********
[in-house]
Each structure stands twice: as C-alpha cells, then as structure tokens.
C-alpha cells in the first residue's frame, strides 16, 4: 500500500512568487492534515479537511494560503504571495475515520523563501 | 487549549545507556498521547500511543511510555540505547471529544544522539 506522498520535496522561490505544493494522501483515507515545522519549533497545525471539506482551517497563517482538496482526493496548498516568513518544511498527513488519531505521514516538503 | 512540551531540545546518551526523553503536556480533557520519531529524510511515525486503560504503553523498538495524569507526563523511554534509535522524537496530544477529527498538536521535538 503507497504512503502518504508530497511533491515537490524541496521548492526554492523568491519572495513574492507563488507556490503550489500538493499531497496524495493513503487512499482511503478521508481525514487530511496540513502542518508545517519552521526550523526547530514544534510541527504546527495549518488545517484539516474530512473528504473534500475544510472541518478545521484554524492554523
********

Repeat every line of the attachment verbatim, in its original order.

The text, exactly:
[in-house]
Each structure stands twice: as C-alpha cells, then as structure tokens.
C-alpha cells in the first residue's frame, strides 16, 4: 500500500512568487492534515479537511494560503504571495475515520523563501 | 487549549545507556498521547500511543511510555540505547471529544544522539 506522498520535496522561490505544493494522501483515507515545522519549533497545525471539506482551517497563517482538496482526493496548498516568513518544511498527513488519531505521514516538503 | 512540551531540545546518551526523553503536556480533557520519531529524510511515525486503560504503553523498538495524569507526563523511554534509535522524537496530544477529527498538536521535538 503507497504512503502518504508530497511533491515537490524541496521548492526554492523568491519572495513574492507563488507556490503550489500538493499531497496524495493513503487512499482511503478521508481525514487530511496540513502542518508545517519552521526550523526547530514544534510541527504546527495549518488545517484539516474530512473528504473534500475544510472541518478545521484554524492554523